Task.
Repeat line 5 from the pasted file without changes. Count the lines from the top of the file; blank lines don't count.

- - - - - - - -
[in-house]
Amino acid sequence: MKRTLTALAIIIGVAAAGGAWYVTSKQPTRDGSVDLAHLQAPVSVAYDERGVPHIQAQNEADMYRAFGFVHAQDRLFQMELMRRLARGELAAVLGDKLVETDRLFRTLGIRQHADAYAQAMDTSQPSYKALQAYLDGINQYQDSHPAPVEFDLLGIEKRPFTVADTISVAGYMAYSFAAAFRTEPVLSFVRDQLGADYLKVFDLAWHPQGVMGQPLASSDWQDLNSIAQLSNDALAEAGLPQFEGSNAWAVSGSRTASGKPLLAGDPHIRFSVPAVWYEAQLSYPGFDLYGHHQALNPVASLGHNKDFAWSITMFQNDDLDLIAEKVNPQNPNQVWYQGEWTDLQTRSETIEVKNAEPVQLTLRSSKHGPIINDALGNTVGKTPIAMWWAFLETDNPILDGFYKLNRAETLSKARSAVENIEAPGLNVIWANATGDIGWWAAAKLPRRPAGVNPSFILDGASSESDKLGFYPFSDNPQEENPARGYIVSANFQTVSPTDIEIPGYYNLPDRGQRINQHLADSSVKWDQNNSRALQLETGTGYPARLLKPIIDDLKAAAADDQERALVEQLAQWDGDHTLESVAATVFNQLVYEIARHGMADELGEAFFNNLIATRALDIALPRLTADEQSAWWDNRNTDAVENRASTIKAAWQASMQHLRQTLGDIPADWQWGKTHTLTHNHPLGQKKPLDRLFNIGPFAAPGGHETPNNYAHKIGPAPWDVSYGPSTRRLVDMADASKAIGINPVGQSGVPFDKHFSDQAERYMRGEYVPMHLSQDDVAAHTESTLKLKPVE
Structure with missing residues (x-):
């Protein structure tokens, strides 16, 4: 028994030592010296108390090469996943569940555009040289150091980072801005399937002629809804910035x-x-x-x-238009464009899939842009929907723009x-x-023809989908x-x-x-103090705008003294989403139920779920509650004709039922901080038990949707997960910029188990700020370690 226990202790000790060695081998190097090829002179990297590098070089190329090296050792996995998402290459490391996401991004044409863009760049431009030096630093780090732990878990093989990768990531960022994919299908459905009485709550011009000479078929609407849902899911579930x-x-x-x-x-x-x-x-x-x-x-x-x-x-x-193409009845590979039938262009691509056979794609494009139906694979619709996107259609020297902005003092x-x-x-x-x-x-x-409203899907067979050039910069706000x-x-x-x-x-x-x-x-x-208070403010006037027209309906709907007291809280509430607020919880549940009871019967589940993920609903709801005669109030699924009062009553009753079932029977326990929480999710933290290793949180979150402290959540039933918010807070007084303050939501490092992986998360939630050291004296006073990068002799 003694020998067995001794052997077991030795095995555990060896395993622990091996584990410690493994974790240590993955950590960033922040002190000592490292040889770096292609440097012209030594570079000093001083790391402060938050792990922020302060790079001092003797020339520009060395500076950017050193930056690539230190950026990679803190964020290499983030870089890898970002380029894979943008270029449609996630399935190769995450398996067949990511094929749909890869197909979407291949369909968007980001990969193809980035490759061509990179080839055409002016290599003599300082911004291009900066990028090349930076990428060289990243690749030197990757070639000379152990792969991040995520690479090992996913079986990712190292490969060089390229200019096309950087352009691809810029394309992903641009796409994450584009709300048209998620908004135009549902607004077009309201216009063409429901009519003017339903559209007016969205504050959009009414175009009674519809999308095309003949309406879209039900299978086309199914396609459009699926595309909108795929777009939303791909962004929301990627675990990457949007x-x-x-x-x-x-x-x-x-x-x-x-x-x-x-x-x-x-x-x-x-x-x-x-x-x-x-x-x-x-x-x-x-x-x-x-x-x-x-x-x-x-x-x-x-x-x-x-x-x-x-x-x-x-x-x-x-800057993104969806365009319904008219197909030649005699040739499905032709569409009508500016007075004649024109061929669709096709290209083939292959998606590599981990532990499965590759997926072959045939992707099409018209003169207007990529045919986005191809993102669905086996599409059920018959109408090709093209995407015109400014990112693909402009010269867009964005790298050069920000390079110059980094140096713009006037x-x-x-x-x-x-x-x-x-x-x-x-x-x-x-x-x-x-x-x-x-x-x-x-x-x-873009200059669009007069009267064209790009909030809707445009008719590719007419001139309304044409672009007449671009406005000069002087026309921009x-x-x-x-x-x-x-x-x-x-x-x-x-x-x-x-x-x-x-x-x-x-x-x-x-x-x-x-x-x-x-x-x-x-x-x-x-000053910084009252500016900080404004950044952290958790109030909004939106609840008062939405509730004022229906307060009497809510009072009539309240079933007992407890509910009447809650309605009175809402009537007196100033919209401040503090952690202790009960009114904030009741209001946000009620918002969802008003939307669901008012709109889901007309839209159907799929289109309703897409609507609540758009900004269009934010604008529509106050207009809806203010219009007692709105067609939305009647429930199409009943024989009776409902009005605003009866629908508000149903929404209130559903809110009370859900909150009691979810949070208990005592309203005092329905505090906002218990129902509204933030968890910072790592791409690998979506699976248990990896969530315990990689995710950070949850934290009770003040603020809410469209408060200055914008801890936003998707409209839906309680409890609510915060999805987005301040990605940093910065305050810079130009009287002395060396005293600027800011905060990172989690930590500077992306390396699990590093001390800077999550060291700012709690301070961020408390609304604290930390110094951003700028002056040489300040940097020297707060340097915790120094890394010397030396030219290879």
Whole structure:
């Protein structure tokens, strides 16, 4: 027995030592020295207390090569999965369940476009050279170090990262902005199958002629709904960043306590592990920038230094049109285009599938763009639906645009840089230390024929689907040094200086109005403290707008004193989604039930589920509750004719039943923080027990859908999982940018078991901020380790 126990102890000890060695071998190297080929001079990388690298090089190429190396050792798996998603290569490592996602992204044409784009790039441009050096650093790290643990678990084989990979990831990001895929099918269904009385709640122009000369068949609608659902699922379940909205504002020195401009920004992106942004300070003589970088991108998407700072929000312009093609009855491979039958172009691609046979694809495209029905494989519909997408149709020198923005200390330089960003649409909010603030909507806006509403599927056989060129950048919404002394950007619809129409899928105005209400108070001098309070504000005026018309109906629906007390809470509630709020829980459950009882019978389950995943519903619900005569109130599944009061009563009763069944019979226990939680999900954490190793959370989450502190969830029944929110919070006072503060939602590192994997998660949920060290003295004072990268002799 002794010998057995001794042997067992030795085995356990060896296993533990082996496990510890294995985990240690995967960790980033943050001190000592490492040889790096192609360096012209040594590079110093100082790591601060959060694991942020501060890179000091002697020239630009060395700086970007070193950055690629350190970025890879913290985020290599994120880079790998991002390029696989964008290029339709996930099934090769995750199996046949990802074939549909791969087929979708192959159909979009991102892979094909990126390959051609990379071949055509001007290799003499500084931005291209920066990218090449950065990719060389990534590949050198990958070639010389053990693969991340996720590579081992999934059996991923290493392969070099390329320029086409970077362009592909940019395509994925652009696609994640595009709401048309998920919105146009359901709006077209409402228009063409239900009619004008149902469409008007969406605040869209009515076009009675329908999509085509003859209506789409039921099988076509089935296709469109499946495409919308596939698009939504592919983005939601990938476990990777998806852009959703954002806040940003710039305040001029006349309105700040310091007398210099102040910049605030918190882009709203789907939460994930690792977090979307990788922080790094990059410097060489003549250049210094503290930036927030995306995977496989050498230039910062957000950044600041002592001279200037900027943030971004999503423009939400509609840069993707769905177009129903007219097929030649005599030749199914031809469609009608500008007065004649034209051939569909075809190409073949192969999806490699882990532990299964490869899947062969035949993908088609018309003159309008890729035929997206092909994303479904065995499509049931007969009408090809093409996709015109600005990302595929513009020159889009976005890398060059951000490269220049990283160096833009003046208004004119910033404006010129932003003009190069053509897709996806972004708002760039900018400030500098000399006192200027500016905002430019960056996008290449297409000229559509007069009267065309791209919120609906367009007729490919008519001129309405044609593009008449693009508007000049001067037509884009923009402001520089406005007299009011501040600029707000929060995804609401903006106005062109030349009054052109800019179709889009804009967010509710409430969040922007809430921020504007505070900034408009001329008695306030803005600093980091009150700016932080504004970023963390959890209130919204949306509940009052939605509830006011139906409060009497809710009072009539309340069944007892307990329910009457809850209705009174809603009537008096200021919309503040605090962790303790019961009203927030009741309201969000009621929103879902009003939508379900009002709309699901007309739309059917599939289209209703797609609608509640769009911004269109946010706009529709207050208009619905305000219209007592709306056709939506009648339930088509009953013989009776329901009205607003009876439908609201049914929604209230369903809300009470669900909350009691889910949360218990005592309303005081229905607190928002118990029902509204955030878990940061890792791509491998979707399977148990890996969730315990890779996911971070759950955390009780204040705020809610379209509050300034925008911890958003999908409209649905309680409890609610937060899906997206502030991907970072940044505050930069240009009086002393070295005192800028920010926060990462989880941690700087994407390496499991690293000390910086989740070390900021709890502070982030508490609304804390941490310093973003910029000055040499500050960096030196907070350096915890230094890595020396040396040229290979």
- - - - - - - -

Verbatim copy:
Whole structure: